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REFLECTIONS ON THE POPE’S PRAYER INTENTIONS for August  2017

Artists: That artists of our time, through their ingenuity, may help everyone discover the beauty of creation.

“The heavens declare the glory of God, and the firmament proclaims his handiwork” (Psalm 19: 1). As creation reveals God’s beauty, so humans, made in God’s image and likeness, create works that give glory to God.

The great Russian novelist Dostoevsky wrote that “beauty will save the world.” How?

At the end of the Second Vatican Council the bishops told artists: “This world in which we live needs beauty in order not to sink into despair. It is beauty, like truth, which brings joy to the human heart and is that precious fruit which resists the wear and tear of time, which unites generations and makes them share things in admiration.” Beauty lifts the heart and brings people together.

Pope Francis spoke of “the important and necessary task of artists: to create works of art that bear through the language of beauty a sign, a spark of hope and trust where people seem to give in to indifference and ugliness.”

He went on to say: “Architects and painters, sculptors and musicians, filmmakers and writers, photographers and poets, artists of every discipline, are called to make beauty shine, especially where darkness and greyness dominate everyday life; they are custodians of beauty, heralds and witnesses of hope for humanity, as my predecessors have repeated many times. I invite them, therefore, to care for beauty, and beauty will heal the many wounds that mark the heart and soul of the men and women of our times.”

However, artists can be tempted to create what is fashionable or shocking in order to make money or a name for themselves. They can create works that degrade humanity and foster conflict. We pray that artists use their gifts to heal and to give glory to God.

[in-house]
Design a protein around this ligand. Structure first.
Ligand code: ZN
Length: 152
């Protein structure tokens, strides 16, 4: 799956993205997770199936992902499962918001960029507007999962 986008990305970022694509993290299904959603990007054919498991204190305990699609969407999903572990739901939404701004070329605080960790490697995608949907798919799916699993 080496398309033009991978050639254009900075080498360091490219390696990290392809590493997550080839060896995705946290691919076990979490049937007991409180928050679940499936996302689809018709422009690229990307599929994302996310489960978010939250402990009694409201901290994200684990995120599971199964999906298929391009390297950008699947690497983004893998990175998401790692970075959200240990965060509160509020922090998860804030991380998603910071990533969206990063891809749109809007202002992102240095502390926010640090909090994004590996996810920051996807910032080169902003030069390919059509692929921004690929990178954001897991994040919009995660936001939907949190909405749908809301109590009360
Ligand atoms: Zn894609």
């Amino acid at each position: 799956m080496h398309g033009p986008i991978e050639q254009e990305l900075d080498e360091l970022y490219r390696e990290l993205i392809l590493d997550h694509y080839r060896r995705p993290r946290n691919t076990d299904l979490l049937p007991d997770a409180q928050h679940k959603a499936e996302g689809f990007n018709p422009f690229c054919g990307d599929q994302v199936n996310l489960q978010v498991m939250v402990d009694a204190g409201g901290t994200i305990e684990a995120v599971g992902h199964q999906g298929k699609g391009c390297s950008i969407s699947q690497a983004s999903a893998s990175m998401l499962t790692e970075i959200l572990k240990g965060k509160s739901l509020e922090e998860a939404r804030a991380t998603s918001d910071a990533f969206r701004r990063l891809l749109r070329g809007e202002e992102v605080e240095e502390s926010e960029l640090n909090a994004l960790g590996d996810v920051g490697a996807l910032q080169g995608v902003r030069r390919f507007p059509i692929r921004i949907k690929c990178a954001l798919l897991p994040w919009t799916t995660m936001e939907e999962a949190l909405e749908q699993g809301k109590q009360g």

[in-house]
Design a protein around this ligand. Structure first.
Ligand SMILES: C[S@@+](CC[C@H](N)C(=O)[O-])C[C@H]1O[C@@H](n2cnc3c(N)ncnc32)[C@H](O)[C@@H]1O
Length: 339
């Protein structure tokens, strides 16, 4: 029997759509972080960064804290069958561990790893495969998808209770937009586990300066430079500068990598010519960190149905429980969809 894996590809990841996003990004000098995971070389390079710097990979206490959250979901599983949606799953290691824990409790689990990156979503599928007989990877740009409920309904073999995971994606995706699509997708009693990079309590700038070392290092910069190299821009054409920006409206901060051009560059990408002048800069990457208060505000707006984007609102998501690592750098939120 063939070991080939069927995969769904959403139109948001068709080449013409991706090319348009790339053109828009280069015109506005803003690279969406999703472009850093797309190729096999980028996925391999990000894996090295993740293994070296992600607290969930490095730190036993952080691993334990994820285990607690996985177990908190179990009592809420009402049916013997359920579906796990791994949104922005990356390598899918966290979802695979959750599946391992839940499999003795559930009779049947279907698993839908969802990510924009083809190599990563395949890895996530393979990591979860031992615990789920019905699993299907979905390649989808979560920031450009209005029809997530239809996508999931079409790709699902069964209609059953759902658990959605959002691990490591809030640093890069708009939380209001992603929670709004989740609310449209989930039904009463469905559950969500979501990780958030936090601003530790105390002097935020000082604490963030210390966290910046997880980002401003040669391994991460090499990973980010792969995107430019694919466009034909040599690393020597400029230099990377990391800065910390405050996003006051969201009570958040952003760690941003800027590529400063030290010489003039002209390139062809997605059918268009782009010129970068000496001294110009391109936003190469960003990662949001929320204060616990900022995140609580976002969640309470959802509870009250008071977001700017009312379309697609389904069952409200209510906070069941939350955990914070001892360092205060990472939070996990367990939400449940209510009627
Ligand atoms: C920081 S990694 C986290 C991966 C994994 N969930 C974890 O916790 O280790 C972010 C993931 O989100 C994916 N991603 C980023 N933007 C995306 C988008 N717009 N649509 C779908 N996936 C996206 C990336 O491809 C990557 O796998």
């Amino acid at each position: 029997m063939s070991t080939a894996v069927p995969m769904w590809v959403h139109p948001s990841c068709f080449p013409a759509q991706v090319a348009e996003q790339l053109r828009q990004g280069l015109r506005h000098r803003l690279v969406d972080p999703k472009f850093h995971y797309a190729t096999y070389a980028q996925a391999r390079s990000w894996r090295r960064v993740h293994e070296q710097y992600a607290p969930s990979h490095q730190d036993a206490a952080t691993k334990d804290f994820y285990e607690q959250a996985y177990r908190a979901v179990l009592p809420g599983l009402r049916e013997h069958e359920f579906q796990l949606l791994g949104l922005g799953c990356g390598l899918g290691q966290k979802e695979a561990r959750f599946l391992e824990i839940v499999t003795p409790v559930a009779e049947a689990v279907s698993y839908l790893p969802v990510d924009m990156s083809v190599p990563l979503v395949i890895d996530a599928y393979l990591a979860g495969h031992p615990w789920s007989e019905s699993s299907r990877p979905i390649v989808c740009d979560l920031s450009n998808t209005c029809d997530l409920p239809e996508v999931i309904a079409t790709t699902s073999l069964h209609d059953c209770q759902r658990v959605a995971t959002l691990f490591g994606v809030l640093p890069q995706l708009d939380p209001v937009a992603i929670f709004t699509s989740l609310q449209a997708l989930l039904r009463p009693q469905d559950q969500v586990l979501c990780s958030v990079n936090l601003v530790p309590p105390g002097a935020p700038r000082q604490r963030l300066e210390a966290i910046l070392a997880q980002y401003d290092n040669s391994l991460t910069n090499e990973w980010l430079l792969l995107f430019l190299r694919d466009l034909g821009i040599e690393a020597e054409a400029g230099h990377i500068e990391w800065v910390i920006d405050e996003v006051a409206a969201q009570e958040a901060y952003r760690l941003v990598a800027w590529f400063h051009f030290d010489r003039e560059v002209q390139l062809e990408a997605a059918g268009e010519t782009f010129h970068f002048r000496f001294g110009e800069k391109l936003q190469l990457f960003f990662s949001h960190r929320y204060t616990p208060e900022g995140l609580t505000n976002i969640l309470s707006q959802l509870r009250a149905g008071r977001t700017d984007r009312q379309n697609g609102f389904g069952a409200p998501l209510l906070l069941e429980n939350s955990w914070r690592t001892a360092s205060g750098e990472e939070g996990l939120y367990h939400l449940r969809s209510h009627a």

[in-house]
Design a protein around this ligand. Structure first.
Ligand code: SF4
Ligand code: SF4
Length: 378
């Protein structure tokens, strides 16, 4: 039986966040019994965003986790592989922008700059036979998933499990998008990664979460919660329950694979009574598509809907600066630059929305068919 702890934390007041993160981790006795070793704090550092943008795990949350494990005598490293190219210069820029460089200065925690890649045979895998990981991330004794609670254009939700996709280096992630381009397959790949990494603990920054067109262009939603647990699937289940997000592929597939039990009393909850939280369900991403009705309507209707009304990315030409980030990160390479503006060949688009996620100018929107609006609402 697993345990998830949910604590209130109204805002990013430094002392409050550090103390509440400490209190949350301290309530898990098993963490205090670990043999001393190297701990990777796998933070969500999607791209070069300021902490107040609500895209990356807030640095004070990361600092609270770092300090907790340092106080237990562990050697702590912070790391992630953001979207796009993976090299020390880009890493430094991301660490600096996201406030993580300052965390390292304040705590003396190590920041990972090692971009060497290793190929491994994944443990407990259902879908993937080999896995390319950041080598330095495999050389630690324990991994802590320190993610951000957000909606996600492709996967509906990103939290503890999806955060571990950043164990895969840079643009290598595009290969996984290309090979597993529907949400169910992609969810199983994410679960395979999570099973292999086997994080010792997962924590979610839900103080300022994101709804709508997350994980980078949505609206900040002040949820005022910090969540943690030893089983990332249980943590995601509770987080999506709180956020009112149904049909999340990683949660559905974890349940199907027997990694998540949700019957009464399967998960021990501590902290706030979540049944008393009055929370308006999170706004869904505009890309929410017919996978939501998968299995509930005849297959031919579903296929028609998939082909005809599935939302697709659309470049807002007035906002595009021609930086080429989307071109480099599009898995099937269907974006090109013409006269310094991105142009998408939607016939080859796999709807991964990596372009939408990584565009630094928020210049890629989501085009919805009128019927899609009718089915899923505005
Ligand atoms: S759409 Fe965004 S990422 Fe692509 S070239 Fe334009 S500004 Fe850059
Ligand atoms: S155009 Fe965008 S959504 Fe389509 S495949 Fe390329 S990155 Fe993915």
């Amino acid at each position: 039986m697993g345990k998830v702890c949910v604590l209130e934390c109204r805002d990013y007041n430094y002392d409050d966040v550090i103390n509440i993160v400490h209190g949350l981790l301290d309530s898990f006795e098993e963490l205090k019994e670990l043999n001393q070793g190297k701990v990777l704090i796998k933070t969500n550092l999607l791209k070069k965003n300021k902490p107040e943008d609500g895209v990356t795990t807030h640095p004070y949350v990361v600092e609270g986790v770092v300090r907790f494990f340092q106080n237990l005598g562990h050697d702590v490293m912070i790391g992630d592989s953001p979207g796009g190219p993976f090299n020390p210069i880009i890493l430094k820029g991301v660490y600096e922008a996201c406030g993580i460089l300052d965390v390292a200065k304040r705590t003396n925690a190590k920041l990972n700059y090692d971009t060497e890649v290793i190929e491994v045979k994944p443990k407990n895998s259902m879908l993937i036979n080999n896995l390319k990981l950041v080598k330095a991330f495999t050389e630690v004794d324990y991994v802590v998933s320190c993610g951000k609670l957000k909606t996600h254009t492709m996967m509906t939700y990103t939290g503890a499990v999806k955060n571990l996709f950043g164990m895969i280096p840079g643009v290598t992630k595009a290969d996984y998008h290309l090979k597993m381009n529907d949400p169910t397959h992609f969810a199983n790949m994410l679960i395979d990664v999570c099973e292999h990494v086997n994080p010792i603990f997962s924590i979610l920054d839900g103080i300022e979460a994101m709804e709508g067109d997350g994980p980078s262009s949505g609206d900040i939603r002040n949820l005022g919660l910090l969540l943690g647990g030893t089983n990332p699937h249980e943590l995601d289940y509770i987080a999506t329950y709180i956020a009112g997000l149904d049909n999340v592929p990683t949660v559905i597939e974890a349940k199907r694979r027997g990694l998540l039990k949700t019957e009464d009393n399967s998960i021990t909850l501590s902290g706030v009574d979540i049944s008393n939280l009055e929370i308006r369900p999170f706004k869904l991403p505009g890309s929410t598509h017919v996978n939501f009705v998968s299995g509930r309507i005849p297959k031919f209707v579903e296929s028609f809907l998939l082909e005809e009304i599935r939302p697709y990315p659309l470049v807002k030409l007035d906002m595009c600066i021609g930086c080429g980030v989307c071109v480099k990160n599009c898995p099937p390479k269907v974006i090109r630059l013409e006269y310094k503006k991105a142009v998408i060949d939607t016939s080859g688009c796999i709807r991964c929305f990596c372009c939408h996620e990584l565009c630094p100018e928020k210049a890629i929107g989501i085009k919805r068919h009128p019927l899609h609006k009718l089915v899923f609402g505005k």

Reflection and Discussion

What are some of the most beautiful works of art I’ve seen? How did they give me joy and hope? How do they bring people together?

Scripture

Exodus 35: 10-35 “The Lord has chosen Bezalel and has filled him with a divine spirit of skill and understanding and knowledge in every craft.”

Prayer of the Month

Bless the creators, 0 God of creation, who by their gifts make the world a more joyful and beautiful realm. Through their labors they teach us to see more clearly the truth around us. In their inspiration they call forth wonder and awe in our own living. In their hope and vision they remind us that life is holy. Bless all who create in your image, 0 God of creation. Pour your Spirit upon them that their hearts may sing and their works be fulfilling. Amen.

–in “Prayers of Our Heart” by Vienna Cobb Andersen

Saint of the Month: St. Augustine (354-430)

Augustine went from a pleasure-seeking youth who dabbled in heresies to a great bishop and doctor of the Church. In an Easter sermon he said:

“Question the beauty of the earth, question the beauty of the sea, question the beauty of the air, amply spread around everywhere, question the beauty of the sky, question the ranks of the stars, question the sun making the day glorious with its bright beams, question the moon tempering the darkness of the following night with its shining rays, question the animals that move in the waters, that amble about on dry land, that fly in the air; question all these things. They all answer you, ‘Here we are, look; we’re beautiful.’ Their beauty is their confession. Who made these beautiful changeable things, if not one who is beautiful and unchangeable?” Beauty led St. Augustine to God, the source of all beauty. “Beauty will save the world.”

Daily Offering Prayer

God, our Father, I offer You my day. I offer You my prayers, thoughts, words, actions, joys, and sufferings in union with the Heart of Jesus, who continues to offer Himself in the Eucharist for the salvation of the world. May the Holy Spirit, who guided Jesus, be my guide and my strength today so that I may witness to Your love. With Mary, the mother of our Lord and of the Church, I pray for all Apostles of Prayer and for this month’s intentions proposed by the Holy Father. Amen.

Traditional Offering Prayer

0 Jesus, through the Immaculate Heart of Mary, I offer you my prayers, works, joys, and sufferings of this day in union with the Holy Sacrifice of the Mass throughout the world. I offer them for all the intentions of your Sacred Heart: the salvation of souls, reparation for sin, and the reunion of all Christians. I offer them for the intentions of our bishops and of all Apostles of Prayer, and in particular for those recommended by our Holy Father this month.